To say that Tuesday was a bad day for the Costa Mesa City Council’s “Gang of Four” is probably an understatement. In terms that Pop Warner booster and Councilman Stephen Mensinger might better understand, they fumbled on fourth down at the five-yard line.
Early in the day we had to chuckle here at LiberalOC when we received the dueling press releases regarding the ruling Superior Court Judge Judge Tam Nomoto Schumann delivered rejecting the city’s request to dismiss the employee lawsuit blocking their attempt to illegally outsource city worker jobs. Flanked by five high-priced attorneys City Attorney Tom Duarte listened as Judge Nomoto Schumann issued her meticulous ruling rejecting the city’s request for summary judgment.
Based on all the arguments, Judge Schumann agreed that the Costa Mesa City Employees Association put forward evidence that justifies a trial on the merits of the case. A trial is scheduled for April 9.
“We are grateful for the court’s ruling and look forward to trial so we can continue to fight for the economic security of our members and their families in the face of this politically-motivated outsourcing scheme,” said Helen Nenadal, president of the Costa Mesa City Employees Association.
More than 200 Costa Mesa employees received six-month layoff notices in March 2011 after the City Council voted to outsource their jobs. In May, the Costa Mesa City Employees Association filed a lawsuit to block the layoffs and outsourcing. A preliminary injunction halting the layoffs and prohibiting the City from outsourcing to private contractors remains in place.
City attorney Tom Duarte humbly responded to the decision in this short statement:
“This is consistent with the judge’s previous rulings on the case,” Duarte said. “The City looks forward to its day in court.”
Then at around 4:00 pm, City Attorney Tom Duarte announced the biggest political fumble since Board of Supervisors Chairman John Moorlach’s failed lawsuit to overturn OC Sheriffs Deputy pensions. The City failed to meet the filing deadline for Mayor Pro Tem Jim Righeimer’s proposed Charter Initiative.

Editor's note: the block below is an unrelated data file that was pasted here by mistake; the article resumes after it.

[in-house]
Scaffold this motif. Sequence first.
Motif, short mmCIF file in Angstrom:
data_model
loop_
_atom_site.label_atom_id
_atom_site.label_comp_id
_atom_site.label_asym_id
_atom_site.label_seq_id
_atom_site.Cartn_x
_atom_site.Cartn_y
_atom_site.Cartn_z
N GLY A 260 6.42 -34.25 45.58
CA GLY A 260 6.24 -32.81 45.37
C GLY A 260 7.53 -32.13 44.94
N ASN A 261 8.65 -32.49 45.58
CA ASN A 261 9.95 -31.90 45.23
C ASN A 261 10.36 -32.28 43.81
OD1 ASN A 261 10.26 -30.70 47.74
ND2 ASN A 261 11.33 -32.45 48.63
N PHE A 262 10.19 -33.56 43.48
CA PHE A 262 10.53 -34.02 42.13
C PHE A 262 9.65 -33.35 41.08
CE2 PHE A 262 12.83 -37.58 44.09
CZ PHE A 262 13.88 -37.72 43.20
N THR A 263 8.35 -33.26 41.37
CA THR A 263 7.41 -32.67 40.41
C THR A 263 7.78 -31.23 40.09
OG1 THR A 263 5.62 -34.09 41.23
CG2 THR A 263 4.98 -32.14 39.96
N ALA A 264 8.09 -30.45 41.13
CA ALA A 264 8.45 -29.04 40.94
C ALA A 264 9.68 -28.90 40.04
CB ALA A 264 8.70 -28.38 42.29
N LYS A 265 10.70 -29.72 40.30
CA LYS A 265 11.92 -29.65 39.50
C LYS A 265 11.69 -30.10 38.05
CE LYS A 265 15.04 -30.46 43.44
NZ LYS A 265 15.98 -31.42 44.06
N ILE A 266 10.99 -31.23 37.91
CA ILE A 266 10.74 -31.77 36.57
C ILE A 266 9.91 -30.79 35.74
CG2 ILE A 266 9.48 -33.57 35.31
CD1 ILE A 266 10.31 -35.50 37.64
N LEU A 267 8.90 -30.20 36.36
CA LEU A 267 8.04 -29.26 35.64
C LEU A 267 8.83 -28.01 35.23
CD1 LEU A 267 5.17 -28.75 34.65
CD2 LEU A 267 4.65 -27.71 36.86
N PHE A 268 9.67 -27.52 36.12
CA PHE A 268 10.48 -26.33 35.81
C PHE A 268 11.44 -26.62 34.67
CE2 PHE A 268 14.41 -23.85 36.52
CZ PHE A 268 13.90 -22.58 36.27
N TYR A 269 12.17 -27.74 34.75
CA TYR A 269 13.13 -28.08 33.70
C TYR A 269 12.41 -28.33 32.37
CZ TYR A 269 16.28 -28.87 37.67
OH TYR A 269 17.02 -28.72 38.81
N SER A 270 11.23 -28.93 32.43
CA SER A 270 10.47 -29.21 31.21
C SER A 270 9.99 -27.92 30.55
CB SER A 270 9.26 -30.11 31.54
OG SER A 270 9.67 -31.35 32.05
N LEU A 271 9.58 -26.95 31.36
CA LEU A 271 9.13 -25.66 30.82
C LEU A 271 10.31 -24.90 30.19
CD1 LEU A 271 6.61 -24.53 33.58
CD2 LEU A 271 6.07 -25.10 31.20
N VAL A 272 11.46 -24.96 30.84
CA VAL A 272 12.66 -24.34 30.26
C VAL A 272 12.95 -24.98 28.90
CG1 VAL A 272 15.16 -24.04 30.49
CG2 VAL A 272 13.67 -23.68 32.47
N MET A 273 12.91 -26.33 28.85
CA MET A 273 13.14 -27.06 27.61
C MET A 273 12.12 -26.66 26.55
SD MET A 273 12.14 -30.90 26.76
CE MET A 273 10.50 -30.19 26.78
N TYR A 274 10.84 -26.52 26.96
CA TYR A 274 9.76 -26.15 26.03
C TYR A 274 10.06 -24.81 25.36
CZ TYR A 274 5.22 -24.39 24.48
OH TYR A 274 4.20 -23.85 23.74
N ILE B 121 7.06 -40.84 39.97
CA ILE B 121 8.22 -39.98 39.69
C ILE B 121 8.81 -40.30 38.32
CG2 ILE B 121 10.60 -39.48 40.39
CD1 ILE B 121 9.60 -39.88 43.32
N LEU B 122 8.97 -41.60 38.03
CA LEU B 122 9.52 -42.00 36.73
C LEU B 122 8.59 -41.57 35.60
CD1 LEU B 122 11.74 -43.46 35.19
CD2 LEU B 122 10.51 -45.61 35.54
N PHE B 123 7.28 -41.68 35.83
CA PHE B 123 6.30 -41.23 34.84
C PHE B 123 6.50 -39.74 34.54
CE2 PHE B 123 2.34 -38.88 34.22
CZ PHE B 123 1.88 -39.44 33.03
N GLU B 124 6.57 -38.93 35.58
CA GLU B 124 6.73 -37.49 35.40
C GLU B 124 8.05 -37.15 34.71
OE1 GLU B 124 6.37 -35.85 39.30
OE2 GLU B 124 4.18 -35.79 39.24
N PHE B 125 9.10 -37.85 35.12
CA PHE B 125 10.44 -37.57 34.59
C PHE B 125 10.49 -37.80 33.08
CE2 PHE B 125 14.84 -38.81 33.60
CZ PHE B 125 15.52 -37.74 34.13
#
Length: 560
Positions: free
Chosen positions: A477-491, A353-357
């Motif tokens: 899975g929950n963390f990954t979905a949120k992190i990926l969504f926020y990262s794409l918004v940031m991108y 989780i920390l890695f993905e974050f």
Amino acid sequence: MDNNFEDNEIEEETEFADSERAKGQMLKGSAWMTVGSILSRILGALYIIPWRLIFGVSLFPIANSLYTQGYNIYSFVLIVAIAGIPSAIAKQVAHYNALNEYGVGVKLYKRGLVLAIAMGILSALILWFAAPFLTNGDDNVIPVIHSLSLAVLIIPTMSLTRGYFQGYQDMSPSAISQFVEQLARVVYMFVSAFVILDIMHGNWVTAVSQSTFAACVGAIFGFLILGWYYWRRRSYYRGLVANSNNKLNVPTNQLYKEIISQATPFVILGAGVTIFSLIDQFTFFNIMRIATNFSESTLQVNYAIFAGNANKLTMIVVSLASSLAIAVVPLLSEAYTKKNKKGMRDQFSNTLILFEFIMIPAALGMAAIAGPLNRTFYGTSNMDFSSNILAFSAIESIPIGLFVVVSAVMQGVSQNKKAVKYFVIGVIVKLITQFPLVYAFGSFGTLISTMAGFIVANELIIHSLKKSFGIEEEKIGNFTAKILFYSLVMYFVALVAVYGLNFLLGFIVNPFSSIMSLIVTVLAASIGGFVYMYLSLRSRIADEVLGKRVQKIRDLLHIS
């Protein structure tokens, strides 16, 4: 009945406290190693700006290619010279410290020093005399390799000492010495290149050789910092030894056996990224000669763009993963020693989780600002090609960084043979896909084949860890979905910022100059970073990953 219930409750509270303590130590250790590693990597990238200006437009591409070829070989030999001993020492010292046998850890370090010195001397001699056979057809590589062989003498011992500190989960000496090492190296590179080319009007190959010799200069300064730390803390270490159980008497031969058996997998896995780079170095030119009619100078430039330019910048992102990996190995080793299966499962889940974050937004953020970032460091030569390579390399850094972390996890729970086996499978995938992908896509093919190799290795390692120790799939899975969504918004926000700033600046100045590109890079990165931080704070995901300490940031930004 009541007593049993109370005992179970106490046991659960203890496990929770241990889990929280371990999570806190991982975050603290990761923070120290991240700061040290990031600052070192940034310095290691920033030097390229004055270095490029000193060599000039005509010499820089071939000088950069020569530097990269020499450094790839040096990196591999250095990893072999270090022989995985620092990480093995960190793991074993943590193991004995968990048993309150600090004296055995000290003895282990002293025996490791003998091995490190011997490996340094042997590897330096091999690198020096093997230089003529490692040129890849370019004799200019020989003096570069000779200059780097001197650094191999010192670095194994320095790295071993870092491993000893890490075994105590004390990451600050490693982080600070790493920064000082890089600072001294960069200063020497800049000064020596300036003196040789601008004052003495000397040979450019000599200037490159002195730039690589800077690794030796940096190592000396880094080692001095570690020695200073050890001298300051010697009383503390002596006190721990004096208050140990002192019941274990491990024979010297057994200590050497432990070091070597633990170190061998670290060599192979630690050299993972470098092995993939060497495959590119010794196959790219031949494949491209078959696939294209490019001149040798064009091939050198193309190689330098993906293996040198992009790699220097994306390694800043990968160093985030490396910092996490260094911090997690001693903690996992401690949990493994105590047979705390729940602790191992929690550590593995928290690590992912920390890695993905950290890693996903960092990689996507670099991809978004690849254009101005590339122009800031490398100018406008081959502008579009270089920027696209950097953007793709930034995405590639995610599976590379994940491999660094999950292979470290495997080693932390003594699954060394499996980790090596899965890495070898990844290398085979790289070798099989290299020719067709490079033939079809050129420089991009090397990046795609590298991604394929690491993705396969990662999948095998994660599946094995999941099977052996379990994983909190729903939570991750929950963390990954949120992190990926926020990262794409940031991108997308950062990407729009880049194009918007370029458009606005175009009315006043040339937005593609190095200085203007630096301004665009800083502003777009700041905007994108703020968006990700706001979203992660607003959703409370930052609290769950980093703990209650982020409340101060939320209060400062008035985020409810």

The City of Costa Mesa will ask the Orange County Superior Court Wednesday to allow a proposed charter measure to be placed on the June 5, 2012 ballot after a clerical error caused the City to miss a filing deadline.
Orange County Registrar Neal Kelley said he couldn’t place the proposed Costa Mesa charter on the ballot because the resolutions—passed by the City Council on Tuesday, March 6 after a three-month public process—arrived after Friday’s deadline, and he didn’t have the discretion to extend the deadline.
The City’s position is that the decision on whether to put the charter measure on the ballot should not be determined by a clerical error.
This is going to be a tough pig for Duarte to sell, no matter how much lipstick he uses. The laws governing the placement of measures on the ballot are the same for both government and non-government entities. If an initiative proponent makes a clerical error and fails to meet a deadline, there is no provision under the law for do-overs.
Besides the embarrassment of missing the deadline, the fact that the city intends to spend even more money on legal fees trying to get the courts to let them break the rules everyone else has to follow has us howling with laughter. The fact that Supervisor Moorlach is one of the signers of the ballot argument in favor of the initiative, putting his fingers in the middle of another failed attempt to change the rules of the game and the second biggest political fumble in Orange County history, has us rolling on the floor in laughter.
We’ll let you know when we hear what happens in court today.
While you wait, here is some light and appropriate entertainment.